See also United States v. Gill, 99 F.3d 484, 488 (1st Cir. 1996); United States v. Blake, 81 F.3d 498 (4th Cir. 1996); United States v. Echevarria, 33 F.3d 175 (2d Cir. 1994); United States v. Stewart, 33 F.3d 764, 770 (7th Cir. 1994); United States v. Lee, 973 F.2d 832, 833-34 (10th Cir. 1992); United States v. Bachynsky, 949 F.2d 722 (5th Cir. 1991).
Salahmand protests that, although the Third Circuit's opinion in United States v. Kennedy reached the same conclusion we reach, it "acknowledge[d] th[e] apparent non sequitur" that "one can be a vulnerable victim without being a victim at all." 554 F.3d at 423. With respect, we do not see the non sequitur. The problem that Salahmand has pointed out is not that his minor patients were not victims, but that they were not victims as defined by § 2B1.1. They are, however, victims as defined by § 3A1.1, and there is nothing illogical about the Sentencing Commission providing different definitions for different guidelines.
Salahmand also protests any reliance on precedents like United States v. Haggard, 41 F.3d at 1325-26, and United States v. Yount, 960 F.2d at 958, which interpreted older versions of USSG § 3A1.1(b). See Appellant's Reply Br. 10-11. In fact, those precedents are extraordinarily reliable, as the Sentencing Commission's explanation of the reason for its 1997 amendment to Application Note 2 makes manifest:
This amendment addresses a circuit court conflict regarding whether "victim of the offense" in § 3A1.1 . . . refers only to a victim of the defendant's offense of conviction or, more broadly, to a victim of any relevant conduct. The amendment adopts the majority appellate view, which holds that a sentencing court should consider the defendant's relevant conduct when determining whether the vulnerable victim enhancement applies. See, e.g., United States v. Haggard 41 F.3d 1320, 1326 (9th Cir. 1994) (proper to consider harm caused to victims beyond the defendant's offense of conviction); United States v. Yount, 960 F.2d 955 (11th Cir. 1992).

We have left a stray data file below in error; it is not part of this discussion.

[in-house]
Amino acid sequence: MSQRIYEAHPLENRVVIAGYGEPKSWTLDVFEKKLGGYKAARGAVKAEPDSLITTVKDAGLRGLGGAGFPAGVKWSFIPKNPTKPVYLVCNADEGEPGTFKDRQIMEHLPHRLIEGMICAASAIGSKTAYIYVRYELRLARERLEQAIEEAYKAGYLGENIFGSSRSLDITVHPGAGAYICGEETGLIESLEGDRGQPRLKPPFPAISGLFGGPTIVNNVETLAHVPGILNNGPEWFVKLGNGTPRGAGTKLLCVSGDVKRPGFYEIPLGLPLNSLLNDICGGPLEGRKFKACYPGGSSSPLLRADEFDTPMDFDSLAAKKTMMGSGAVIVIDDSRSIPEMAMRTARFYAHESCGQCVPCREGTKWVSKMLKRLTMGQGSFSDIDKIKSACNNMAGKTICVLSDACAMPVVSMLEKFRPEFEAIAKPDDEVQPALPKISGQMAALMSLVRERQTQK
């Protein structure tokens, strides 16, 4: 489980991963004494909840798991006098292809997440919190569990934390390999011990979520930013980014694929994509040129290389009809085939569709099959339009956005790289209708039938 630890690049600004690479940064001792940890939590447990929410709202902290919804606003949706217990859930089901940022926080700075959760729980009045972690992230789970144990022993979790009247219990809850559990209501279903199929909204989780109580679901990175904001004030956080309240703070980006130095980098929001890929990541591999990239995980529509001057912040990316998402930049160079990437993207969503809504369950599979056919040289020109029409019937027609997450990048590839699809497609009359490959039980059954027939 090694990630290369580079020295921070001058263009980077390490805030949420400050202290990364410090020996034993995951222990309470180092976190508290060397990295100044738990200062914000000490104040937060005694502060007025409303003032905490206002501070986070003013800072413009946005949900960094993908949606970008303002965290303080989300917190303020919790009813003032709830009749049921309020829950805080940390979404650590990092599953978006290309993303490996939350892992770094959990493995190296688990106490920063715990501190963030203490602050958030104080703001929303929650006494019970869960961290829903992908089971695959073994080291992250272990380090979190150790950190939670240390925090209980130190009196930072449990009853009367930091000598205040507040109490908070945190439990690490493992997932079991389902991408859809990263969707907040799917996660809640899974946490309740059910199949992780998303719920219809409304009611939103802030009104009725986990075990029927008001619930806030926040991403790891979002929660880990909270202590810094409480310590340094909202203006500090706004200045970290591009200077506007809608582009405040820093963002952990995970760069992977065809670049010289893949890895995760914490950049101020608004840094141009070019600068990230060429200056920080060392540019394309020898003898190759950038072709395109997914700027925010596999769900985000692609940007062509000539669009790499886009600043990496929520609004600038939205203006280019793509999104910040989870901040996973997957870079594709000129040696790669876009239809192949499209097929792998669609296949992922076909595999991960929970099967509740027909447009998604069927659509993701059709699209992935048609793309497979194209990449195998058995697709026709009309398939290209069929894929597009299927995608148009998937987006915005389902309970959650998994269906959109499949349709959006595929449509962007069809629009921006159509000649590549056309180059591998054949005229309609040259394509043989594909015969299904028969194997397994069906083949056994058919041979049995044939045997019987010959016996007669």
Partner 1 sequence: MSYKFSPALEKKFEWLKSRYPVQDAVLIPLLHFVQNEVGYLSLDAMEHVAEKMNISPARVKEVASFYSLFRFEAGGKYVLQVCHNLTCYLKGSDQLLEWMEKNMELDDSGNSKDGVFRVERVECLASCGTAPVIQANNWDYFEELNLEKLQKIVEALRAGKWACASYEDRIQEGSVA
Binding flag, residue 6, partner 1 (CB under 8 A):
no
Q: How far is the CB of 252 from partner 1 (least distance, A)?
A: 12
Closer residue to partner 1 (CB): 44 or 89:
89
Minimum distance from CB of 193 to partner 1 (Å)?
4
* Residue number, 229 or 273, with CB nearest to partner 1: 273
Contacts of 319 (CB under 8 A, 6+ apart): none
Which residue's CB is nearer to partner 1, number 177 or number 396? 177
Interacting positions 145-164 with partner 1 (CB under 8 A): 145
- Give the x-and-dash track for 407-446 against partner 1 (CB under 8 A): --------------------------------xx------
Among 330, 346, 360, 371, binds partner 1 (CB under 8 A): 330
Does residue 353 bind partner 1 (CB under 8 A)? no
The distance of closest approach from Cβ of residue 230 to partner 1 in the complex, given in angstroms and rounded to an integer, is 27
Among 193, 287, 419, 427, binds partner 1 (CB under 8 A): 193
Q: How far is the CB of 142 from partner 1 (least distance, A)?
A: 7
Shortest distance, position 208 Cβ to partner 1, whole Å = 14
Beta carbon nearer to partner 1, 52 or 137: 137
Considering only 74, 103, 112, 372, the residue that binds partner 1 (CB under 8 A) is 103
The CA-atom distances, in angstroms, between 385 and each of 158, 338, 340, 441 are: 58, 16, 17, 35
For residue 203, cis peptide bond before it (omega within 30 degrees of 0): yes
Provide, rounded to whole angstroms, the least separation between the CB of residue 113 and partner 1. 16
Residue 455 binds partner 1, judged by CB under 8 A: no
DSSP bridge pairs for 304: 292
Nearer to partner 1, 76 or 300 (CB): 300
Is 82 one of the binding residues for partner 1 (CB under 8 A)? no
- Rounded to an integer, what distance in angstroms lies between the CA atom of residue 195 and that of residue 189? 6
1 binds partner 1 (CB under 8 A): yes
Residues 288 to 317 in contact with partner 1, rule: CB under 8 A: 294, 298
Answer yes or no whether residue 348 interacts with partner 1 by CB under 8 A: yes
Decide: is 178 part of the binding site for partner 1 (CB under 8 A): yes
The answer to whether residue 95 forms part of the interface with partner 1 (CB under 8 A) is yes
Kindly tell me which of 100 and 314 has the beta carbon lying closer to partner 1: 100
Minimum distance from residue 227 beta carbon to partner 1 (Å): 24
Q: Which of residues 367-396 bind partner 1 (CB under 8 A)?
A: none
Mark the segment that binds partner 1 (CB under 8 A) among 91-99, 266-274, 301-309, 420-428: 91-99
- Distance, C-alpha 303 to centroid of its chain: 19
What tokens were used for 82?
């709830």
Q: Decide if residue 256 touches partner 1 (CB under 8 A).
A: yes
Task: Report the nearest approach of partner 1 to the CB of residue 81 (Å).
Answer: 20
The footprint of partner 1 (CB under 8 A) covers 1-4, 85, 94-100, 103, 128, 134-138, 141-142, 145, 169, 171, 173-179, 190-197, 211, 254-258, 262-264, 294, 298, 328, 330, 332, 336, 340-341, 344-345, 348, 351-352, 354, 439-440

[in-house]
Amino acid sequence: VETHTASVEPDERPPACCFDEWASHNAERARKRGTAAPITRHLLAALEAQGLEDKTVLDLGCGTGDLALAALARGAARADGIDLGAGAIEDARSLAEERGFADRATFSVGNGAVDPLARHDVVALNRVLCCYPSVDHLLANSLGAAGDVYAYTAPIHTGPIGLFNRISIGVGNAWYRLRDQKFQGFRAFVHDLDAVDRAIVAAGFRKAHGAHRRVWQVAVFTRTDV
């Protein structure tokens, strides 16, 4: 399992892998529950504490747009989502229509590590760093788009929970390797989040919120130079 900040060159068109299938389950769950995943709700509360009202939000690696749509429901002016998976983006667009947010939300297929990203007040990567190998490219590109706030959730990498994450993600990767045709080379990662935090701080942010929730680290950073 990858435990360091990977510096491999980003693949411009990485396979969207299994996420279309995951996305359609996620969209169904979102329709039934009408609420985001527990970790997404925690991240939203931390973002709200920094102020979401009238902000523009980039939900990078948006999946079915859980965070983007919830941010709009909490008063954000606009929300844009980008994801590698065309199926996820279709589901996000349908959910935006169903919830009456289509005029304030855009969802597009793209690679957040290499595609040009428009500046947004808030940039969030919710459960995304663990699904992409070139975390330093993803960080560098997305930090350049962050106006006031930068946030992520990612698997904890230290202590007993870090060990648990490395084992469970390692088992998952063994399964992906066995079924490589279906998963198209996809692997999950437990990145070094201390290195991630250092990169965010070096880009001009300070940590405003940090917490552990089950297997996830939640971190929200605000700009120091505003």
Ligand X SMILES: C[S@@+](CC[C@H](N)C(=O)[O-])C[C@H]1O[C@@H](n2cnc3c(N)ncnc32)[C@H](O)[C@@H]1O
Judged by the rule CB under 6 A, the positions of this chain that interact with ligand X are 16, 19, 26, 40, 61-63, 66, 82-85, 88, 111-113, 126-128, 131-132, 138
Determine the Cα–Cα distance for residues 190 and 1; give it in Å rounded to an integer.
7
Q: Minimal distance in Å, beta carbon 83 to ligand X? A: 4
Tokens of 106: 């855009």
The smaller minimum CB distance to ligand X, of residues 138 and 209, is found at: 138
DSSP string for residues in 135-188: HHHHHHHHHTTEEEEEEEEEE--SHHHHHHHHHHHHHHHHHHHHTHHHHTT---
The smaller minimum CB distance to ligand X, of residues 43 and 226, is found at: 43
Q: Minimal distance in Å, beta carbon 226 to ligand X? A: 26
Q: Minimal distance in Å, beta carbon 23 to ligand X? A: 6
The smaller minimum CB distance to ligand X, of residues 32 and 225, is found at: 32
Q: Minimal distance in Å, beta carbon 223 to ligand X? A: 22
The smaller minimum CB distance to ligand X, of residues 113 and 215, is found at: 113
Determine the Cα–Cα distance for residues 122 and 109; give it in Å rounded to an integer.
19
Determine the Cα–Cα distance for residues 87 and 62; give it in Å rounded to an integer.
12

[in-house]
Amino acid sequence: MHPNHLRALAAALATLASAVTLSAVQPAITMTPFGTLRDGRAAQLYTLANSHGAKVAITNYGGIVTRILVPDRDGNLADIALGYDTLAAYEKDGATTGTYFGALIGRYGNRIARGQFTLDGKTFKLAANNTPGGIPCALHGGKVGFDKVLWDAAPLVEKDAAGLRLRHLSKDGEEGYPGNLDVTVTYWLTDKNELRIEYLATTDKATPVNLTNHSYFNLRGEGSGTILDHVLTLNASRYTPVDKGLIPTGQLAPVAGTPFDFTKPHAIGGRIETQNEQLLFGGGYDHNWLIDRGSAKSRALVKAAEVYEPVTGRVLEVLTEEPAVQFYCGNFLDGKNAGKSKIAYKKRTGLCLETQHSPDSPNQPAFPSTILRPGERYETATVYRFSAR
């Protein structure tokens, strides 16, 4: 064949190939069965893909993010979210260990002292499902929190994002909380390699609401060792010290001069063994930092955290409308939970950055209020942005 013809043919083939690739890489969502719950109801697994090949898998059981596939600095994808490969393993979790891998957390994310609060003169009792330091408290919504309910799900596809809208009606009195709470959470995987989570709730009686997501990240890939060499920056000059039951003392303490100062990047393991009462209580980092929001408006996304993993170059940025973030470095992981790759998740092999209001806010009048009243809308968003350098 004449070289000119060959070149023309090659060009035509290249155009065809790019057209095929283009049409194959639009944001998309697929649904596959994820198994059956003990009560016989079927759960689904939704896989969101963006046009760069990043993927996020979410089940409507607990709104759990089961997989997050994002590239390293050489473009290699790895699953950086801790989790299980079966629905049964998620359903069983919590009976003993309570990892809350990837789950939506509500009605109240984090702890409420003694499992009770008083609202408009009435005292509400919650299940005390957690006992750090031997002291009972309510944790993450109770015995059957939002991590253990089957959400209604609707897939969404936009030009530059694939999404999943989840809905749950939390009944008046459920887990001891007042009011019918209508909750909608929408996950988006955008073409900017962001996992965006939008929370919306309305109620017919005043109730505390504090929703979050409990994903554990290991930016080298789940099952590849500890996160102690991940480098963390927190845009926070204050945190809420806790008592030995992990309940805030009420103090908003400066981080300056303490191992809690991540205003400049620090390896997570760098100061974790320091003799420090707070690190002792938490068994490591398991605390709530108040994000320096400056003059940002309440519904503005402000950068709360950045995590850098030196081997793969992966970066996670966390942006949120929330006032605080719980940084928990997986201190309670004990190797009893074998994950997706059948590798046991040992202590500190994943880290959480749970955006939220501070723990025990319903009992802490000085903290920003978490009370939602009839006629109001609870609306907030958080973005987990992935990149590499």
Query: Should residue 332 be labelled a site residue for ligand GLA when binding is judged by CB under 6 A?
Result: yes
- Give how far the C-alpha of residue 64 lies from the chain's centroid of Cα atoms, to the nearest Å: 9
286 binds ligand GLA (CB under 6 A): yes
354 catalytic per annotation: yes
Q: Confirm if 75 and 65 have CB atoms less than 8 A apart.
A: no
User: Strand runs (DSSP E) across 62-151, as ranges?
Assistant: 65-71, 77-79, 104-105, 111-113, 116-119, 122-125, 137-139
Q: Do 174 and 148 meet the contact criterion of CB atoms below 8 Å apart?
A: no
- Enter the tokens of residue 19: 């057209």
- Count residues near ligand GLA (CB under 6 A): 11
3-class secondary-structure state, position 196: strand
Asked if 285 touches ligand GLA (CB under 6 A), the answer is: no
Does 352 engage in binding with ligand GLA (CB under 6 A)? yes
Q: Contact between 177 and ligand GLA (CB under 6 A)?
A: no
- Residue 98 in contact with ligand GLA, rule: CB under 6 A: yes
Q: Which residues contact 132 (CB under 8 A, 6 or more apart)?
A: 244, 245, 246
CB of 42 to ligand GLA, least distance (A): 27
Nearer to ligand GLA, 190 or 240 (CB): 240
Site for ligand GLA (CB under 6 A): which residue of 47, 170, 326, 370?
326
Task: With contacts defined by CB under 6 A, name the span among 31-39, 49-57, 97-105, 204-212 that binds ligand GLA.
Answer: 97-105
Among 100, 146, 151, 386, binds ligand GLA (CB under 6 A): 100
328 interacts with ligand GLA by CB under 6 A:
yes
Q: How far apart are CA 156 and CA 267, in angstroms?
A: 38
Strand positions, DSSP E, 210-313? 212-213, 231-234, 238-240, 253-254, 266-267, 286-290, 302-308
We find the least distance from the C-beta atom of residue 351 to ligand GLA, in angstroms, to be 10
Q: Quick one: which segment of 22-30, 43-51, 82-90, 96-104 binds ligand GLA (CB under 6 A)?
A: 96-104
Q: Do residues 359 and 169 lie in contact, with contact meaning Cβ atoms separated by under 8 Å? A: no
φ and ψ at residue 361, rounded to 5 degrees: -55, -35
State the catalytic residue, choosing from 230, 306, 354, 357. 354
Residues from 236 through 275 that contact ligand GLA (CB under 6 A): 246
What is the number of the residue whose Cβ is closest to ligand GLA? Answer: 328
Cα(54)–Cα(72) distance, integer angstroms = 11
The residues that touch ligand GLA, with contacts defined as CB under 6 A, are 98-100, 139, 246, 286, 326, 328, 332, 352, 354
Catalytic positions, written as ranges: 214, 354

USSG App. C, Amdt. 564.
Finally, Salahmand cites two cases in which courts declined to impose a 2-level increase under § 3A1.1, and contends that those decisions establish that a vulnerable victim adjustment under that guideline is unwarranted unless the victim suffers either financial loss or bodily injury. See United States v. Gieger, 190 F.3d 661 (5th Cir. 1999); United States v. Anderson, 85 F.Supp.2d 1084 (D.Kan. 1999). But those cases did not deny adjustments under § 3A1.1 because the asserted victims did not suffer financial loss or bodily injury, but rather because they suffered no injury at all. In short, they did not qualify as "victims" under any definition. See Gieger, 190 F.3d at 664 (finding a § 3A1.1 adjustment unwarranted because, in "contrast to other medical fraud cases within this Circuit in which patients suffered harm or at least potential harm from [a] fraudulent scheme, the patients here suffered no harm[;] [i]nstead, the patients benefitted from the scheme"); Anderson, 85 F.Supp.2d at 1093 (denying the adjustment because the government "failed to show that the patients were harmed in any way" from the defendant's Medicare kick-back scheme).
For the foregoing reasons, we conclude that Guideline § 3A1.1(b)(1)'s 2-level adjustment for vulnerable victims applies not only to victims of the offense of conviction, but also to victims of the defendant's relevant conduct. Accordingly, the judgment of the district court is